Mallet Finger

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What is Mallet Finger?

  • Mallet finger is a common athletic injury.
  • Basketball and baseball players routinely experience jammed fingers, but the injury can occur because of a crushing accident on the job, or even because of a cut finger while working in the kitchen.
  • Any rapid motion that jams the tip of a finger against an object can cause a mallet finger.
  • This most commonly occurs at the index or middle fingers.

Mallet Finger Causes

Mallet finger occurs when the outermost (end) joint of the finger is injured. With mallet finger, the tendon on the back of the finger (not the palm side) is separated from the joint it connects. Three types of injuries commonly occur:

  • The tendon is damaged, but no fractures (bone cracks or breaks) are present.
  • The tendon ruptures with a small fracture caused by the force of the injury.
  • The tendon ruptures with a large fracture.

Mallet Finger Symptoms

People with mallet finger may delay seeking medical attention, even though they may be in a great deal of pain, simply because they can still use their hand.

Symptoms of mallet finger may include the following:

  • Pain, tenderness, and swelling at the outermost joint immediately after the injury
  • Swelling and redness soon after the injury
  • Inability to completely extend the finger, but the patient can move it with assistance

When to Seek Medical Care

Contact doctor immediately to evaluate the injury to determine the need for X-ray films, and to repair any deep cuts. The doctor may recommend an appointment with a hand surgeon for further evaluation, splinting, or surgery.

A doctor may instruct a person with mallet finger to go to a hospital's emergency department for further evaluation.

Mallet Finger Diagnosis

X-ray films assist the doctor in determining if the bone is cracked or broken. Imaging studies may also assist the doctor to explore foreign debris in the cut (laceration).

Mallet Finger Treatment

Treatment depends on the severity of the injury. First aid at home includes icing the finger and cleaning and dressing any cuts that may be present. More serious injuries may require stitches or surgery.

Mallet Finger Self-Care at Home

  • Apply ice to the injured finger joint to reduce swelling and tenderness. Wrap ice in a towel; do not apply ice directly to skin. A bag of frozen vegetables wrapped in a towel conforms nicely to the hand.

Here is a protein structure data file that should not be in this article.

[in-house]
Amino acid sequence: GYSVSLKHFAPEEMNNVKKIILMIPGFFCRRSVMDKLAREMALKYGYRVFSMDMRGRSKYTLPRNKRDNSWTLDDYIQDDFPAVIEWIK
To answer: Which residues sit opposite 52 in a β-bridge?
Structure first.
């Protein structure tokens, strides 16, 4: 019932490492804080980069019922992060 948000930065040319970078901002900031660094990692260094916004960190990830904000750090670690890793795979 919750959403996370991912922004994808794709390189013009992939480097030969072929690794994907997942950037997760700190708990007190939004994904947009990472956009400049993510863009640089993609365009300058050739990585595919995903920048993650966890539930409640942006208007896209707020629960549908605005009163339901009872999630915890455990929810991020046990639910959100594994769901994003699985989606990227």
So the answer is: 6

• Take care not to injure the finger even more.
  • If a cut is also present, clean the cut under running water for a few minutes, then wrap the finger with clean gauze or a cloth. Apply a moderate amount of pressure to help stop any bleeding.

Medical Treatment

  • If the finger is not broken or cut, or if only a small fracture is present, the doctor will apply a splint to the end of the finger so it remains in the extended position. With a splint, the outermost joint on the injured finger is not bendable, but the rest of the finger is bendable. This splint needs to be worn for at least 6 weeks, perhaps longer, to ensure that the tendon is given the best chance of healing.
  • The doctor will repair any cuts or damage to the skin. And, if necessary, the tendon may be stitched (sutured) to repair it.
  • For pain relief, apply ice to the joint.

Mallet Finger Medications

A variety of over-the-counter and prescription pain relievers may be prescribed depending on the health of the patient, and if any pre-existing medical conditions are present.

Mallet Finger Surgery

When the fracture is large and causes joint damage, the decision may be made to operate on the finger for the best results. A hand specialist or orthopedic surgeon performs this surgery.

Mallet Finger Next Steps

The treating surgeon will monitor the progress of the injury, especially if a deformity in the finger develops.

If a cut is repaired, a follow-up visit to the doctor will be necessary in approximately 10 days to have the sutures removed and to determine if a deformity of the finger is present.

Mallet Finger Prevention

To prevent mallet finger injuries, use caution when participating in activities, including athletic events. To prevent injuries from happening again to the same finger, leave the splint on for the entire time the doctor has recommended.

Mallet Finger Prognosis

Results of treatment of mallet finger injuries vary.

  • Most people regain full function of the finger with no long-term effects.
  • Some people will develop a long-term deformity known as a swan neck, which involves the all of the finger joints. This may require additional surgical correction.
  • For minor mallet finger injuries, splinting and surgery have been shown to have the same results.

Mallet Finger Pictures

This person's index finger has been injured, producing a condition called mallet finger.
This person's index finger has been injured, producing a condition called mallet finger. Click to view larger image.

Medically reviewed by Aimee V. HachigianGould, MD; American Board of Orthopaedic Surgery

REFERENCE:

MedscapeReference.com. Mallet Finger.

Previous contributing coatuhors and editors: Coauthor(s): Steven Nazario, MD, Assistant Professor, Department of Emergency Medicine, Albert Einstein College of Medicine. Editors: Scott H Plantz, MD, FAAEM, Research Director, Assistant Professor, Department of Emergency Medicine, Mount Sinai School of Medicine; Francisco Talavera, PharmD, PhD, Senior Pharmacy Editor, eMedicine; Richard Harrigan, MD, Associate Professor, Department of Emergency Medicine, Temple University Hospital, Temple University School of Medicine.

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